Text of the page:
Mumbai: A July 22 circular issued by the University of Mumbai, asking affiliated colleges to declare four non-instructional days from July 24 to 27 to allow teachers to complete the answer sheet assessment and moderation work, was met with total confusion on Monday.
Some colleges complied with the instructions, others did so only partly, keeping students in the dark.
The Mumbai University circular was sent to principals of all affiliated Arts, Science, Commerce, Law, Technology and Management colleges.
At Mithibai College, students said there had been no clear communication from the college authorities about the non-instructional days. The college functioned for the first half of the day, before declaring the second half a holiday.
Siddhi Tanna, a student at the college, revealed that students faced a lot of confusion on campus on Monday. “I did not read the instructions on the notice board, but came to know about them when some of my friends came up to me and told me about the half working day at the college,” Ms. Tanna said.
It was pretty much the same situation at Pravin Gandhi College of Law as well. A notice was put up on the board during the break, announcing the non-instructional days.
“One of my friends had forwarded the Mumbai University circular to me regarding the non-instructional days. I tried contacting few of my teachers at the college, but they were unaware of the same. I came to the college in the morning and attended my regular lectures, and it was only after break that a notice was put up on the board about the half-day holiday,” said Sakshi Jolly, a law student.
Neel Shah, a BFM student at N.M College, Vile Parle, said, “We came to know of the holidays from the college website. However, during the day, another notice was put up saying that the college would be functioning for four days from Tuesday.”
A coordinator at R. D. National College said it was an important thing that the papers were being corrected at such a speed at last.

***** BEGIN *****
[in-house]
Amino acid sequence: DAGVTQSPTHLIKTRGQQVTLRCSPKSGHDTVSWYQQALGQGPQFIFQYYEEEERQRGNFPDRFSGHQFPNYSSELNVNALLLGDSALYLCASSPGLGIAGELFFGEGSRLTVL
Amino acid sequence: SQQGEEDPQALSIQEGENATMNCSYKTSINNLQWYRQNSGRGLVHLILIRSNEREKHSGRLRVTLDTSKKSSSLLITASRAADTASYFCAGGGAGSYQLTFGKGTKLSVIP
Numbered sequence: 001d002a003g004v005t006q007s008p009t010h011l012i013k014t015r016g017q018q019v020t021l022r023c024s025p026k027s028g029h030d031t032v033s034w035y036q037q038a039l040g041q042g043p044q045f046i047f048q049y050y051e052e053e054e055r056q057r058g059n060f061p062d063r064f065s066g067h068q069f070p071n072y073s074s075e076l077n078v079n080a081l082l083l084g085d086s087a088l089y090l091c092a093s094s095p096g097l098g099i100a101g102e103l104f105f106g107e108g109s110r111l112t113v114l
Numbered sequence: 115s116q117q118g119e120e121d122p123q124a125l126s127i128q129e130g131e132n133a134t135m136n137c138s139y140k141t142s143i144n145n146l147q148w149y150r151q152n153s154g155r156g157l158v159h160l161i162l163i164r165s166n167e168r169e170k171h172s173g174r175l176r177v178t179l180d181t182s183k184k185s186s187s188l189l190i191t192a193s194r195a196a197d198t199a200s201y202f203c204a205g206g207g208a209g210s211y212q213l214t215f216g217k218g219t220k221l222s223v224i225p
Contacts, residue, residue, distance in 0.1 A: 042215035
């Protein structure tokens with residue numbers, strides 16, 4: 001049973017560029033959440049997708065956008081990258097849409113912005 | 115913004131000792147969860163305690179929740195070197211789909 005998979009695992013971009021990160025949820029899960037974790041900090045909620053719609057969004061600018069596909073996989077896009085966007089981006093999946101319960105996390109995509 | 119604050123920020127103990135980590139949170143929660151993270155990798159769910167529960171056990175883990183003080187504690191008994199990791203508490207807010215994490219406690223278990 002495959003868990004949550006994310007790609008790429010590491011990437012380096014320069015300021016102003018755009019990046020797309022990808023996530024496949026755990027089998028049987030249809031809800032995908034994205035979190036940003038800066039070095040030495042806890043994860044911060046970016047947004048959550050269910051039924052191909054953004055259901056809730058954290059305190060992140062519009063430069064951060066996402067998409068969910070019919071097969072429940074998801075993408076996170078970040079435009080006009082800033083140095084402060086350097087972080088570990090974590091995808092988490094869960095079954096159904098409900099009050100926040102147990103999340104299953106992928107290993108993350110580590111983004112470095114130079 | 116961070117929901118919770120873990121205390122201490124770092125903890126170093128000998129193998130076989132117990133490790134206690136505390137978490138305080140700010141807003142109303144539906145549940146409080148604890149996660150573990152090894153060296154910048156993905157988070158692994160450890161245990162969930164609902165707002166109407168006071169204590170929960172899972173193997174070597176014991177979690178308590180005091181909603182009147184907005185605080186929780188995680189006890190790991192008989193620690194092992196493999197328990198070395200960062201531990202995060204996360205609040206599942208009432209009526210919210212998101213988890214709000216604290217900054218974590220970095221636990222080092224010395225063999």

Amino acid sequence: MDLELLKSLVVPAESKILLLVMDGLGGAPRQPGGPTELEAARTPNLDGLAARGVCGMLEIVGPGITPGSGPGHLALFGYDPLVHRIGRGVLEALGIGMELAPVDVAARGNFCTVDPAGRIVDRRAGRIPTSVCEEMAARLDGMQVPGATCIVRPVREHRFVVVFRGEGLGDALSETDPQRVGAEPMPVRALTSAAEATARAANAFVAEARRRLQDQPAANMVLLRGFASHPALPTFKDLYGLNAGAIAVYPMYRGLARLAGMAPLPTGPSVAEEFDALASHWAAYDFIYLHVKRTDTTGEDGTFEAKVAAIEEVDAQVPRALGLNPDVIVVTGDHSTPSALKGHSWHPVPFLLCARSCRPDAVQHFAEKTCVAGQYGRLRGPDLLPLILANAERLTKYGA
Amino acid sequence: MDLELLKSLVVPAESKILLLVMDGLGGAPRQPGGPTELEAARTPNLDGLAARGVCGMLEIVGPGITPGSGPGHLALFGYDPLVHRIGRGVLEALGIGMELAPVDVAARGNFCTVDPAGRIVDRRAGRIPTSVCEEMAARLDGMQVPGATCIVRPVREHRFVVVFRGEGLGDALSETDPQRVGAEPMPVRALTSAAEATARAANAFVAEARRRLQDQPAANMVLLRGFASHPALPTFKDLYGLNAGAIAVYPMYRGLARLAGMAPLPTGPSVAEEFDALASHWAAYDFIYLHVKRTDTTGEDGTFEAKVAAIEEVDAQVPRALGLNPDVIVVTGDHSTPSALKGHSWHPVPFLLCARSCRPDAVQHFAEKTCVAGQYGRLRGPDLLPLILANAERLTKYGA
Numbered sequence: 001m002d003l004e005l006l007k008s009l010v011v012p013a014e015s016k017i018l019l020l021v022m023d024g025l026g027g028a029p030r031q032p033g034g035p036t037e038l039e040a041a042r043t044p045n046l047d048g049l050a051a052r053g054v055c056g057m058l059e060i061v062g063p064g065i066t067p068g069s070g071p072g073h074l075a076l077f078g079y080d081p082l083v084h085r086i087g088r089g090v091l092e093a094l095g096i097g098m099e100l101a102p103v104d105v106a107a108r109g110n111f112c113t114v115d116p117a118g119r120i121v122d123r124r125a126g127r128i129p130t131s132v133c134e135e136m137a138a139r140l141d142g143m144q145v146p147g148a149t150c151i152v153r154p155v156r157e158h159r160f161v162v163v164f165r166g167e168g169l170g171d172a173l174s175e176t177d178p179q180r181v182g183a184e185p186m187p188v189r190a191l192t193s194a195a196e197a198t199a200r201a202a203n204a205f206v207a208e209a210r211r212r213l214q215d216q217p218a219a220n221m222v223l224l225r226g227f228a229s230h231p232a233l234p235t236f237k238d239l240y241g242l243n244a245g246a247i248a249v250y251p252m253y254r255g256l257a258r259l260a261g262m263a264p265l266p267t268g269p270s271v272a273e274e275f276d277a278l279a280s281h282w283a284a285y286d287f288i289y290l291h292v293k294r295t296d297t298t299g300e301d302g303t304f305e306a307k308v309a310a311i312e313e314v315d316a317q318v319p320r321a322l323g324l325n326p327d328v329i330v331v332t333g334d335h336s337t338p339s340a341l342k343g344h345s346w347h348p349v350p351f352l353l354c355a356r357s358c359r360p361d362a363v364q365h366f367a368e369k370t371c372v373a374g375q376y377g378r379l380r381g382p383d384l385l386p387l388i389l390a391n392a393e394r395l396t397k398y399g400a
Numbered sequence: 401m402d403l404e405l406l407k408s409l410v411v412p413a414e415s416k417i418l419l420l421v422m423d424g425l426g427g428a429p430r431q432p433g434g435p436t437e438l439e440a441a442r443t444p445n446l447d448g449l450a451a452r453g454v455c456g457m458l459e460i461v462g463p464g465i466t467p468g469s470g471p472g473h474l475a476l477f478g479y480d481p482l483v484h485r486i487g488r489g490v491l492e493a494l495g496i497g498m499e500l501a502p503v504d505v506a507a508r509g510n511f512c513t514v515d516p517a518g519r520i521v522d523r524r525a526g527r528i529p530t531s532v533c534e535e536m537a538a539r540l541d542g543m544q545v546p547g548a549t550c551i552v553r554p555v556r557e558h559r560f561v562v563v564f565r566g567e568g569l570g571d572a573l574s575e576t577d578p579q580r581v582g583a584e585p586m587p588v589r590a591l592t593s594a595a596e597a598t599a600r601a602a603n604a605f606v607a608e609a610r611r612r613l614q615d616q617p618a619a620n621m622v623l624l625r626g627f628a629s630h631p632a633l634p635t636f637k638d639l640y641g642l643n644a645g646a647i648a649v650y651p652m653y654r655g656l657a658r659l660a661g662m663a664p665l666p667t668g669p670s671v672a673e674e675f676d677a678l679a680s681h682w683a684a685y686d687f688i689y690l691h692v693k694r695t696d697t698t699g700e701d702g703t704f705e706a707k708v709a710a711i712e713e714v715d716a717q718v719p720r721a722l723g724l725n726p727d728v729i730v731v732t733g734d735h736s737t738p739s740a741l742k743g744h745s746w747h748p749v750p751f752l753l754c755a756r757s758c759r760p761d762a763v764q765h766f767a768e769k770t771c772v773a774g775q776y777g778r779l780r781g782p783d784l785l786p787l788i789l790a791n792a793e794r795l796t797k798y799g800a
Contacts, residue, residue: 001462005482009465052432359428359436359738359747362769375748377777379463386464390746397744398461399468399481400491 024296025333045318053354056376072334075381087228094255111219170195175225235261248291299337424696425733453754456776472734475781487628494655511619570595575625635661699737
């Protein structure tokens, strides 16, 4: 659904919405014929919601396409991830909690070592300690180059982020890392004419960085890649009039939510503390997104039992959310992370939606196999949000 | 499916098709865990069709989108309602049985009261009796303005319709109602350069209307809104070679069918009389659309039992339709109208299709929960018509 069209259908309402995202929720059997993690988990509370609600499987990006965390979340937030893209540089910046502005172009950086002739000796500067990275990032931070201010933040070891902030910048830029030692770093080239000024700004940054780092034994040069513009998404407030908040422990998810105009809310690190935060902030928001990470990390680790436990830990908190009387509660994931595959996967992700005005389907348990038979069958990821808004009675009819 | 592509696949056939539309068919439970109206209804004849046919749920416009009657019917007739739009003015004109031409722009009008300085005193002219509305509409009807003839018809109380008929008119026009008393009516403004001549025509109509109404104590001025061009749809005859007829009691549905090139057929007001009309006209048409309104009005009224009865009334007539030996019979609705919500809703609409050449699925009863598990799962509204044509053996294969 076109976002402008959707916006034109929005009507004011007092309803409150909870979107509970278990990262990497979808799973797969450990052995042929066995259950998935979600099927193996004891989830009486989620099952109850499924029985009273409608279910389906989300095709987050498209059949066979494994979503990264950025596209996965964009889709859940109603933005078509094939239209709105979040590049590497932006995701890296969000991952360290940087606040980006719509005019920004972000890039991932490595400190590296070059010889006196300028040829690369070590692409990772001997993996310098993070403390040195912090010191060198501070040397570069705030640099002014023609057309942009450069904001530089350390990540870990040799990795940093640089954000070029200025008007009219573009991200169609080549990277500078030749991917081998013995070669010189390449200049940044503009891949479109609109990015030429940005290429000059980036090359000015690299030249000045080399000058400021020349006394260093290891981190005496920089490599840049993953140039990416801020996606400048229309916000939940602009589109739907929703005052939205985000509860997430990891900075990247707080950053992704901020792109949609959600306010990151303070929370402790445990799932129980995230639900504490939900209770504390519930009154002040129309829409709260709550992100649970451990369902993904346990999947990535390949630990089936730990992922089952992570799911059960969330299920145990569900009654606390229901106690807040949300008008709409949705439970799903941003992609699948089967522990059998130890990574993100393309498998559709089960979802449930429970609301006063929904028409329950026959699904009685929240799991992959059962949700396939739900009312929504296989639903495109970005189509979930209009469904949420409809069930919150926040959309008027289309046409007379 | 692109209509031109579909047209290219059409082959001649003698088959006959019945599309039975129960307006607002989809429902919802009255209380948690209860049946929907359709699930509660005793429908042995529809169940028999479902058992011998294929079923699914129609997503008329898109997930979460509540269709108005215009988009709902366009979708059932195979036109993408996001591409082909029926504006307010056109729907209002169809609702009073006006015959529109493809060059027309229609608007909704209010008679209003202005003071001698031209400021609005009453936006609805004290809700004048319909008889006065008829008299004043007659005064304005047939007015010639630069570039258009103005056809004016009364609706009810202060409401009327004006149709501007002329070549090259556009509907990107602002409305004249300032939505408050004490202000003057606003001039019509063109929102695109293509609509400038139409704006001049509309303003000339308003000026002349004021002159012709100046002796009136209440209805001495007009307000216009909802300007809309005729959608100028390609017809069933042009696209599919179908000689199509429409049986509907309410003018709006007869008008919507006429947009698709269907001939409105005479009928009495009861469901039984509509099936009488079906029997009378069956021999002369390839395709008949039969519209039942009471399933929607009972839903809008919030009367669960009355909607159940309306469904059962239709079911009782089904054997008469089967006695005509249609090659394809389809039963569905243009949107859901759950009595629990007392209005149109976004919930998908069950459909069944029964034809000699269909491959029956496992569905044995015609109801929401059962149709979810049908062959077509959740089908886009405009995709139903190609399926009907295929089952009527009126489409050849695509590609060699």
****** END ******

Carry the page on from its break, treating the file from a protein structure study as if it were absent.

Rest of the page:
“Despite the same, we have adjusted our time-tables for students of degree colleges, and are functioning as per schedule,” he said.
Mumbai University registrar M.A. Khan told The Hindu, “I think it is a crucial step taken by the University in support of the teachers who were correcting the papers but did not receive support from their colleges, and against teachers who used to conveniently ditch the work. With such great support from the Chancellors and the Vice-Chancellors of various colleges, we will be able to adhere to the July 31 deadline.”
Talking about the problems that the students would face, Mr. Khan said, “It is a matter of four days, and the teachers can then take extra sessions and cover up the portion. It is important that this work be done as a priority.”
Meanwhile, teachers were supposed to carry out the assessment online, and were assigned codes according to their subjects for the work.
They were expected to correct papers online for six hours every day. However, due to some technical glitches, the process is now being done both online and manually.
The delay in declaring results has led to protests from students, who fear the delay may jeopardise their future.